Peter Robinson: a deal must be done by New Year - and the DUP's seven tests are the 'goal'
The former first minister has set out to the News Letter the tests he believes must be met before the DUP return to government.
He has also hit out at critics who he says offer no alternatives to the current strategy of his former party.
Robinson says the two key areas the DUP must secure progress on are the future of the union – and whether any arrangements undermine it, as well as free trade between NI and GB and vice versa.
On Times Radio on Tuesday, Mr Robinson had also said that Northern Ireland “could have virtually the best of both worlds with having access in a seamless way, both to the UK market and the European market”.
Critics of those who support a ‘best of both worlds’ strategy have said that is not possible without the continuation of EU law. The former First Minister says access to both markets depends on the outcome of any negotiations. When asked by the News Letter if NI remaining under EU regulations undermines his key test of securing the future of the union he said: “Who has primacy is the issue. The biggest issue is - we have been under EU regulations. The whole of the UK was under EU regulations. The issue is how much will we be under EU regulations if they change from here on in. That's the issue.”
He was asked how that wasn’t a different scenario – given that the entire UK was under those regulations. “Yes absolutely. But what regulations have changed since? Have you noticed some change?”
Robinson says that divergence is a risk and suggests that’s one that the DUP will be looking at. “Future divergence from European regulations separating us from the rest of the United kingdom - that's the issue that needs to be resolved. I'm not going to go into the detail of it, because it's not my role to do so. But it's one of the issues that has to be resolved”.
He says the DUP’s seven tests are “unquestionably the goal for unionists. Those have to be the areas the negotiating team is concentrating on. It’s not for me to go into the detail of all of those, I’ve given advice along with the panel that consulted widely. We took opinion from across the community and it was judged that the framework document did not do that. So those are the gaps that have to be plugged.”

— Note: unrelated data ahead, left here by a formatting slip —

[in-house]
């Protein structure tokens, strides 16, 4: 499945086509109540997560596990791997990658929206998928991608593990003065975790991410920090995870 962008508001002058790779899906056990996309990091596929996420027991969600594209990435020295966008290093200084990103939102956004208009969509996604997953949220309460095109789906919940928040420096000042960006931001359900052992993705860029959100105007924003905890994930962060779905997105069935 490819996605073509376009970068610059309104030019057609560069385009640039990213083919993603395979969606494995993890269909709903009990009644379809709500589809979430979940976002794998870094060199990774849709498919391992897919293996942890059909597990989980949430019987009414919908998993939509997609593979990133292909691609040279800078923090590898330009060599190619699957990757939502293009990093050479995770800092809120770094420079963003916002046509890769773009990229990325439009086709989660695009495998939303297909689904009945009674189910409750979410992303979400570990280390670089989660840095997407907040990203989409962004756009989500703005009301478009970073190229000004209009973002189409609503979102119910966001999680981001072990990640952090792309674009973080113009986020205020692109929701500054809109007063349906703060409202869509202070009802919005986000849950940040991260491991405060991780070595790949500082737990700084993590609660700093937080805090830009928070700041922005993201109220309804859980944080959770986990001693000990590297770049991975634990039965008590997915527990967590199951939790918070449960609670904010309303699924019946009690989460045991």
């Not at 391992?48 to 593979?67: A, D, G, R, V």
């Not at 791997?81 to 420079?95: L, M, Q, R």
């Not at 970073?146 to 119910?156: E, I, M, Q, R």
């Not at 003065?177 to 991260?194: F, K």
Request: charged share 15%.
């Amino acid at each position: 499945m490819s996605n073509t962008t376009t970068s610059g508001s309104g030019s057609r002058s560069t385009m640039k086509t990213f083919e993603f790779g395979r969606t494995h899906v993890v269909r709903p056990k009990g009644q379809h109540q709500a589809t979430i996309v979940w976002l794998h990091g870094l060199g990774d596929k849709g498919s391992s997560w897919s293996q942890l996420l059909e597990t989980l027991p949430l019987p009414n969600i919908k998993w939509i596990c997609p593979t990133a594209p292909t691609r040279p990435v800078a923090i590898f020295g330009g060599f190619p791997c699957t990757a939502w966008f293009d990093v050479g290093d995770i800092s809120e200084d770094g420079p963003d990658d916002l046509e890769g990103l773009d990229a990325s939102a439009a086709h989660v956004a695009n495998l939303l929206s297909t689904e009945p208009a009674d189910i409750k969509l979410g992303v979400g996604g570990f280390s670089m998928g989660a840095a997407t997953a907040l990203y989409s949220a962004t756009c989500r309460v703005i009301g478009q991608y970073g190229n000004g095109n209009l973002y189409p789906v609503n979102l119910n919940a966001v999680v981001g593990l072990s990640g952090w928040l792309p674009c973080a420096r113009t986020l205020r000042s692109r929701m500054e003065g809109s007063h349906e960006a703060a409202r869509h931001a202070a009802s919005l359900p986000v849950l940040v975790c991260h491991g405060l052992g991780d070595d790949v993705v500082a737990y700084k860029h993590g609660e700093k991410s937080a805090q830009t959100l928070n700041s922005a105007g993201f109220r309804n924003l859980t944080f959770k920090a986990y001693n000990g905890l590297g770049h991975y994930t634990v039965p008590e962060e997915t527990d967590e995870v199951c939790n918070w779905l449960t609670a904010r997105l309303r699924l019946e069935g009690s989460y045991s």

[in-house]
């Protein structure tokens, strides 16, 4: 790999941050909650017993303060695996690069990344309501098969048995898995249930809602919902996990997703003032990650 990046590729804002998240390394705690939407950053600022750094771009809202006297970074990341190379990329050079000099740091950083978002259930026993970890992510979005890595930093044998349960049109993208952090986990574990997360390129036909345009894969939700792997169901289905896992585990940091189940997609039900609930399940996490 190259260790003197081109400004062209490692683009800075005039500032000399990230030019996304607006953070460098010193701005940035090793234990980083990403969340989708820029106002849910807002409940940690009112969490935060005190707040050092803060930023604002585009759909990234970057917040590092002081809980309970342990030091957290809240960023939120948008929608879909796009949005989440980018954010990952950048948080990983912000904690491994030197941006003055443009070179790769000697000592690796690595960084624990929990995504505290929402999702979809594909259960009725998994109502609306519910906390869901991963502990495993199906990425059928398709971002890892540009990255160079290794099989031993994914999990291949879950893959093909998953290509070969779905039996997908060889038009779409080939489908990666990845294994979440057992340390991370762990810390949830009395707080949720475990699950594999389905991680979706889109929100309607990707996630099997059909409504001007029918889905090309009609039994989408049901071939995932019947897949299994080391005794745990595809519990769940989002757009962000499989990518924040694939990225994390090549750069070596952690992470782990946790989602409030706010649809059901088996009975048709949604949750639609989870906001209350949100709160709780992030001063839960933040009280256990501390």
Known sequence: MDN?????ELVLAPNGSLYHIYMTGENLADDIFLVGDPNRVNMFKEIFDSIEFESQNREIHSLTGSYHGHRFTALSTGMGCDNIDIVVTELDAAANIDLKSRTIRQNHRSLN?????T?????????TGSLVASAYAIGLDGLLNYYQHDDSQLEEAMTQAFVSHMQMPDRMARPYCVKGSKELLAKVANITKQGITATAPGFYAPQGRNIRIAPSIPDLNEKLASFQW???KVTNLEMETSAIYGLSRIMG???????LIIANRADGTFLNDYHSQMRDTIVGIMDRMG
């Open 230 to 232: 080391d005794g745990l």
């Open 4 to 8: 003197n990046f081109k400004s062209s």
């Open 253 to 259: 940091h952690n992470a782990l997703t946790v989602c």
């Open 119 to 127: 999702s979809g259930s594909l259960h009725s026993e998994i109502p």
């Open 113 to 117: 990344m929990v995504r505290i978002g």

Robinson – along with former First Minister Arlene Foster and other party grandees – was part of an eight person panel which held a review into the Windsor Framework. He said the panel believed that the deal didn’t deliver on sovereignty and free trade and suggested that any final deal would be consulted on from the leadership down to party members.
It would become transparent during the process of negotiations whether what the government is offering is enough, he said. “Before the turn of the year will be the key deadline. The government have to give something substantial to sell to the unionist community.”
He continued: “You have to look at how best you protect the union. How best you protect the economy of Northern Ireland and its principle economic relationship - which is with the rest of the UK. Those are the priorities. Once you do that, then it's a matter for politicians to get the best possible deal that they can on all of the other issues.”
Robinson suggested that the critics of a deal had no real alternatives. “The only two alternatives that I hear are: don't do anything and just hold out until they change. And you can dream I suppose as long as you want on that. The other alternative is that Labour will ride in and save us. If anyone believes that they are in a serious mental position.”
TUV leader Jim Allister blasted Robinson’s earlier comments on Times Radio. “Anyone parroting the pro-Protocol propaganda of ‘the best of both worlds’ either doesn’t understand, or is prepared to ignore, the legal imperative that to have Protocol-style access to the EU market you must submit yourself to the full rigour of EU law and thereby accept the essence of colonial rule. And, under the Protocol you must accept EU control of your borders, including dictation of what and how goods can flow from GB to NI.”